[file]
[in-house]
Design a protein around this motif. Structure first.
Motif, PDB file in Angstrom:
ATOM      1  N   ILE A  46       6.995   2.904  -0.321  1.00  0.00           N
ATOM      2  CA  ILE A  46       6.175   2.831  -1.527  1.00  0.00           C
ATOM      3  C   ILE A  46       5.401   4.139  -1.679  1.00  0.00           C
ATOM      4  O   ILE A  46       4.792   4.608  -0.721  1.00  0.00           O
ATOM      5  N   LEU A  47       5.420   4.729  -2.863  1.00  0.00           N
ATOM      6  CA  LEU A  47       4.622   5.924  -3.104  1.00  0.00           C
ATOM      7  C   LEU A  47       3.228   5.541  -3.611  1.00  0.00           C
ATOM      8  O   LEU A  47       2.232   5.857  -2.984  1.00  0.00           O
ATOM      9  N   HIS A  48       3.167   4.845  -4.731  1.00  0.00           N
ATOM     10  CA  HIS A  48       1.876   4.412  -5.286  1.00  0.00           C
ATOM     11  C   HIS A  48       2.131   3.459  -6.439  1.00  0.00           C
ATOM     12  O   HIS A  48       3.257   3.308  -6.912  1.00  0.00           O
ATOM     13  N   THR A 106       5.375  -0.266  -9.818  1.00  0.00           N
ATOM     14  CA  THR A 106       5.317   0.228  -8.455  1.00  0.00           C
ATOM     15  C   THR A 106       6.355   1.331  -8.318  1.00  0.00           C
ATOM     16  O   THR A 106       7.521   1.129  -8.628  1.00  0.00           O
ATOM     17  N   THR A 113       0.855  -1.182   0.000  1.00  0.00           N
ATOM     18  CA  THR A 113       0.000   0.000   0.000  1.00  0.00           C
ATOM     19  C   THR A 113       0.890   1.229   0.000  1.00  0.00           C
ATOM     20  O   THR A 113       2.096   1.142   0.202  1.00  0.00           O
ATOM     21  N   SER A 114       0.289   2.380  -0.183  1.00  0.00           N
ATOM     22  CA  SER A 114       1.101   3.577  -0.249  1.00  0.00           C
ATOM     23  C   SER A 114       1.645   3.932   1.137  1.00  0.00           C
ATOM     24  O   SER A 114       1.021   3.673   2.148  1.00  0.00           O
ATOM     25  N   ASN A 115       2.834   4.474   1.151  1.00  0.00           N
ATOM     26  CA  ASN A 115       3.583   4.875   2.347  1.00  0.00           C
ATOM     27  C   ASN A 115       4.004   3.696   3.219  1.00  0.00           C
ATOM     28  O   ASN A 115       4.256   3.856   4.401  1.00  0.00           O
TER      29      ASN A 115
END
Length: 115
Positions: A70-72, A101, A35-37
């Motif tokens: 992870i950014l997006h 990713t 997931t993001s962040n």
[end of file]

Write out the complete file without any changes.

[in-house]
Design a protein around this motif. Structure first.
Motif, PDB file in Angstrom:
ATOM      1  N   ILE A  46       6.995   2.904  -0.321  1.00  0.00           N
ATOM      2  CA  ILE A  46       6.175   2.831  -1.527  1.00  0.00           C
ATOM      3  C   ILE A  46       5.401   4.139  -1.679  1.00  0.00           C
ATOM      4  O   ILE A  46       4.792   4.608  -0.721  1.00  0.00           O
ATOM      5  N   LEU A  47       5.420   4.729  -2.863  1.00  0.00           N
ATOM      6  CA  LEU A  47       4.622   5.924  -3.104  1.00  0.00           C
ATOM      7  C   LEU A  47       3.228   5.541  -3.611  1.00  0.00           C
ATOM      8  O   LEU A  47       2.232   5.857  -2.984  1.00  0.00           O
ATOM      9  N   HIS A  48       3.167   4.845  -4.731  1.00  0.00           N
ATOM     10  CA  HIS A  48       1.876   4.412  -5.286  1.00  0.00           C
ATOM     11  C   HIS A  48       2.131   3.459  -6.439  1.00  0.00           C
ATOM     12  O   HIS A  48       3.257   3.308  -6.912  1.00  0.00           O
ATOM     13  N   THR A 106       5.375  -0.266  -9.818  1.00  0.00           N
ATOM     14  CA  THR A 106       5.317   0.228  -8.455  1.00  0.00           C
ATOM     15  C   THR A 106       6.355   1.331  -8.318  1.00  0.00           C
ATOM     16  O   THR A 106       7.521   1.129  -8.628  1.00  0.00           O
ATOM     17  N   THR A 113       0.855  -1.182   0.000  1.00  0.00           N
ATOM     18  CA  THR A 113       0.000   0.000   0.000  1.00  0.00           C
ATOM     19  C   THR A 113       0.890   1.229   0.000  1.00  0.00           C
ATOM     20  O   THR A 113       2.096   1.142   0.202  1.00  0.00           O
ATOM     21  N   SER A 114       0.289   2.380  -0.183  1.00  0.00           N
ATOM     22  CA  SER A 114       1.101   3.577  -0.249  1.00  0.00           C
ATOM     23  C   SER A 114       1.645   3.932   1.137  1.00  0.00           C
ATOM     24  O   SER A 114       1.021   3.673   2.148  1.00  0.00           O
ATOM     25  N   ASN A 115       2.834   4.474   1.151  1.00  0.00           N
ATOM     26  CA  ASN A 115       3.583   4.875   2.347  1.00  0.00           C
ATOM     27  C   ASN A 115       4.004   3.696   3.219  1.00  0.00           C
ATOM     28  O   ASN A 115       4.256   3.856   4.401  1.00  0.00           O
TER      29      ASN A 115
END
Length: 115
Positions: A70-72, A101, A35-37
């Motif tokens: 992870i950014l997006h 990713t 997931t993001s962040n």